BLACK HAT ASIA 2019 – Singapore –The nature of war has moved across land, sea, air, and space. Now we find ourselves in the cyber domain, where a new arms race will challenge defenders as adversaries adopt new tools, technologies, and techniques.
Mikko Hypponen, chief research officer at F-Secure, today took the stage at Black Hat Asia to discuss the implications of cyber warfare and how it will present challenges not seen before. The nuclear arms race, which he noted lasted about 60 years, is behind us. Today's conflicts unfold differently; as a result, we have different domains for different types of fighting.
"Technology has changed where wars are fought," Hypponen explained in an interview with Dark Reading. When the Internet was first built, he continued, geographical lines didn't seem to exist. It seemed a kind of borderless utopia where cross-country collaboration may be possible. Now, as we know, times have changed, andwars are now fought online.
Just as the domain of war has changed, so, too, have tools used in battle. We're no longer as worried about nuclear weapons as we were 20 years ago, Hypponen said. Nuclear weapons, only used twice in human history, are built on the power of deterrence. You know who has nuclear weapons and avoid conflict with them because of this power. The number of traditional weapons fighter jets, bombers, and aircraft carriers in each country can be learned via Google.
"We know exactly how many tanks the Russians have. We know exactly how many aircraft carriers the US has," Hypponen explained, pointing to a screenshot of this information found online.
Digital weapons are poor in creating deterrence because nobody knows who has which tools. They are effective, affordable, and deniable – a dangerous combination of traits. "There are very few weapons that have deniability," Hypponen emphasized. "Cyber weapons have that."
It's one of many qualities that make digital weapons particularly nefarious. Like guns and cannons of the past, cyber weapons also rot over time. The problem is, there's no way of knowing when their expiration dates will arrive. Offensive toolkits used in the military include exploits targeting vulnerabilities that security researchers are constantly hunting and patching.
Because they don't know how long their tools will be viable, militaries have no guarantee their investment in digital weapons will yield an ROI. This creates a scenario in which it's likely those attacks will end up being used so they can justify the cost of building them, Hypponen added.
Nation-States vs. Cybercriminals: Defensive Tactics
Today's government cyberattacks are predominantly for spying and espionage, and Hypponen noted the importance of distinguishing between spying and warfare. Most cybercriminals are after money. If a cybercriminal targets your organization, chances are they're not particularly interested in the business itself. They're looking for quick, easy cash.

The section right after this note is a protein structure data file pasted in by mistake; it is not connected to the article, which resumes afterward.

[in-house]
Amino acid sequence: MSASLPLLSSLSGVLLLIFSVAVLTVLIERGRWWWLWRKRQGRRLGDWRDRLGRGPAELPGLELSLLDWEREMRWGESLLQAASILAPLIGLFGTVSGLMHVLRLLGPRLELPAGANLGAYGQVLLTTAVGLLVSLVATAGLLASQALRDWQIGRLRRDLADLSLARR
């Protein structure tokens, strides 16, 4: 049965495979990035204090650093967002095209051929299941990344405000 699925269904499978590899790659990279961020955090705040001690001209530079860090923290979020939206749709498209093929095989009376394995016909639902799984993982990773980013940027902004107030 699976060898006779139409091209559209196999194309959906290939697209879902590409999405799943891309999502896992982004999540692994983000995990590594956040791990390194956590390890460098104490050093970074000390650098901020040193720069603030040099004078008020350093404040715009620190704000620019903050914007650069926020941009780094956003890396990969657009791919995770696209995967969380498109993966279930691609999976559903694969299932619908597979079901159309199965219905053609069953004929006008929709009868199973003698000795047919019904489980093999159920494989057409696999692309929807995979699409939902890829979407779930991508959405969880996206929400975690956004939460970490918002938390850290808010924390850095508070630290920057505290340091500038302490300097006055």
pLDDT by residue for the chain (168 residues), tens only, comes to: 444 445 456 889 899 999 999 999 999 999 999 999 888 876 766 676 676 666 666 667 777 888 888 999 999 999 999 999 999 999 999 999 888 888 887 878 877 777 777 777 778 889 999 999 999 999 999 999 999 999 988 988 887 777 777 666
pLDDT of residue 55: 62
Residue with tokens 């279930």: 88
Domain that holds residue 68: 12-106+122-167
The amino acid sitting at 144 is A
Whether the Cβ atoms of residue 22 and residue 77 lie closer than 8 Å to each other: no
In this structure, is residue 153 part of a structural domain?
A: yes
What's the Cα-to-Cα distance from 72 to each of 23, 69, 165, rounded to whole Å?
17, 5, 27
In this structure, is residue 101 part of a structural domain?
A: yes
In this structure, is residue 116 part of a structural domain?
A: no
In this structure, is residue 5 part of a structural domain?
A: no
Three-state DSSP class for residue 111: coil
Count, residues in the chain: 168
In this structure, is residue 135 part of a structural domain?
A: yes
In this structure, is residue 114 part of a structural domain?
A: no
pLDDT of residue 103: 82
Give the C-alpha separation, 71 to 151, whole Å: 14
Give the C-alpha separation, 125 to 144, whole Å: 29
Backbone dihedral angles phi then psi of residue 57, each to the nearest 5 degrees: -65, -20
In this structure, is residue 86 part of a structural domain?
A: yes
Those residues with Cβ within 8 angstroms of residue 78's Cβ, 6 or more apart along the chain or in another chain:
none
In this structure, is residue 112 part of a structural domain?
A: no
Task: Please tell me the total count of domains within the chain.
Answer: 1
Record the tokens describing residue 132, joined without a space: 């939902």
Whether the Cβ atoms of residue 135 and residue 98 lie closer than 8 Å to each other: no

Businesses don't need advanced defenses to keep cybercrime at bay, Hypponen explained. If someone is seeking money and their target makes it difficult or expensive, they'll move on to a victim with weaker defenses. "The Internet is a garden of low-handed fruit," Hypponen added.
Nation-states are different. They won't change their mindset or swap targets. They're following orders to break into a specific organization and steal data. They'll keep at it until they succeed.
There are ways of fighting back, he continued. When an attacker creates unique Trojans or backdoors, for example, you can use those to detect them by reputation. Hypponen also advises companies to avoid building defenses like a fortress. High walls won't prevent attackers from getting in – and the larger a network is, the more likely it will be breached.
Knowing your outside defenses will fail should change security experts' mindset. Instead of focusing on the perimeter, focus on what's inside the network. You're more likely to spot intruders early, which will help your ability to detect attacks and respond faster.
What Comes After Cyber?
"I believe we are in the very beginning of the cyber arms race," Hypponen said. Still, he added, "it's important to remember this isn't where it ends; there will be new domains." While it's hard to imagine what comes after cyber, mankind will never stop fighting. New conflicts will emerge.
Robotics and drones come to mind, he continued. Both already exist; however, ethics pose a challenge in development. We don't like the idea of machines deciding who is killed, Hypponen explained, but different forces are driving us to war in a world where machines will kill on their own. Artificial intelligence (AI) and machine learning, both modern buzzwords in cyberspace, have potential to drive this.
We still have to define what we mean by AI and machine learning, he continued. We also have to be very, very careful about where technology companies draw the line as they race to build genuine AI. This concerns Hypponen in the rush to AI development.
"When you're in a race, what you don't do is stop and look around and make sure you're doing everything carefully," he pointed out.
Hypponen said he anticipates we'll see machine learning in real-world cyberattacks as the barrier to entry lowers. Today, you have to be a computer science gradute to deploy a machine learning system. But in 10 years, or five years, these systems will be so easy to deploy that anyone could do it – and they will. The lack of skill protects us now; it won't protect us much longer.
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